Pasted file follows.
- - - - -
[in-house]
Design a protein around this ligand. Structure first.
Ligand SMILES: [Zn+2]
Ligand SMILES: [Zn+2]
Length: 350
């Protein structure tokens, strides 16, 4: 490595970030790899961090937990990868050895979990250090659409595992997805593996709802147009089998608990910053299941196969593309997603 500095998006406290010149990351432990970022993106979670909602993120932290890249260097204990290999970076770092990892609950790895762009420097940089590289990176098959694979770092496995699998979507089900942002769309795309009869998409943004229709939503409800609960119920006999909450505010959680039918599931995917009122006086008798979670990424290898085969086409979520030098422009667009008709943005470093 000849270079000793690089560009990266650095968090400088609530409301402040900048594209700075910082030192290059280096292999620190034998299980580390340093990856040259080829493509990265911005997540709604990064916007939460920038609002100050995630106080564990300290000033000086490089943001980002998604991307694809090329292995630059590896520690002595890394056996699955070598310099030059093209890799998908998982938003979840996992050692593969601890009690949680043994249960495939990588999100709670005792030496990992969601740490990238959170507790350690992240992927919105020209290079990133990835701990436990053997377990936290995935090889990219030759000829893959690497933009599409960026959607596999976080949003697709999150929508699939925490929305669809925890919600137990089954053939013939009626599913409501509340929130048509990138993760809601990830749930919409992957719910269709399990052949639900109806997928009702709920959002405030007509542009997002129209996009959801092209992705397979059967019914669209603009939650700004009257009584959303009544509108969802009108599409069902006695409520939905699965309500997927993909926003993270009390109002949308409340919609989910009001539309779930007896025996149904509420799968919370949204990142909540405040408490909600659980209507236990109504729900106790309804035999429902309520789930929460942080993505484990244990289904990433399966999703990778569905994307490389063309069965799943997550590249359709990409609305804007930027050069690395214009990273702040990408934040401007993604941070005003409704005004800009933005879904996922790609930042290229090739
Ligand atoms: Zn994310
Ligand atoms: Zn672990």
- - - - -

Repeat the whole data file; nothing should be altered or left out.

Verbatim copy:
[in-house]
Design a protein around this ligand. Structure first.
Ligand SMILES: [Zn+2]
Ligand SMILES: [Zn+2]
Length: 350
């Protein structure tokens, strides 16, 4: 490595970030790899961090937990990868050895979990250090659409595992997805593996709802147009089998608990910053299941196969593309997603 500095998006406290010149990351432990970022993106979670909602993120932290890249260097204990290999970076770092990892609950790895762009420097940089590289990176098959694979770092496995699998979507089900942002769309795309009869998409943004229709939503409800609960119920006999909450505010959680039918599931995917009122006086008798979670990424290898085969086409979520030098422009667009008709943005470093 000849270079000793690089560009990266650095968090400088609530409301402040900048594209700075910082030192290059280096292999620190034998299980580390340093990856040259080829493509990265911005997540709604990064916007939460920038609002100050995630106080564990300290000033000086490089943001980002998604991307694809090329292995630059590896520690002595890394056996699955070598310099030059093209890799998908998982938003979840996992050692593969601890009690949680043994249960495939990588999100709670005792030496990992969601740490990238959170507790350690992240992927919105020209290079990133990835701990436990053997377990936290995935090889990219030759000829893959690497933009599409960026959607596999976080949003697709999150929508699939925490929305669809925890919600137990089954053939013939009626599913409501509340929130048509990138993760809601990830749930919409992957719910269709399990052949639900109806997928009702709920959002405030007509542009997002129209996009959801092209992705397979059967019914669209603009939650700004009257009584959303009544509108969802009108599409069902006695409520939905699965309500997927993909926003993270009390109002949308409340919609989910009001539309779930007896025996149904509420799968919370949204990142909540405040408490909600659980209507236990109504729900106790309804035999429902309520789930929460942080993505484990244990289904990433399966999703990778569905994307490389063309069965799943997550590249359709990409609305804007930027050069690395214009990273702040990408934040401007993604941070005003409704005004800009933005879904996922790609930042290229090739
Ligand atoms: Zn994310
Ligand atoms: Zn672990």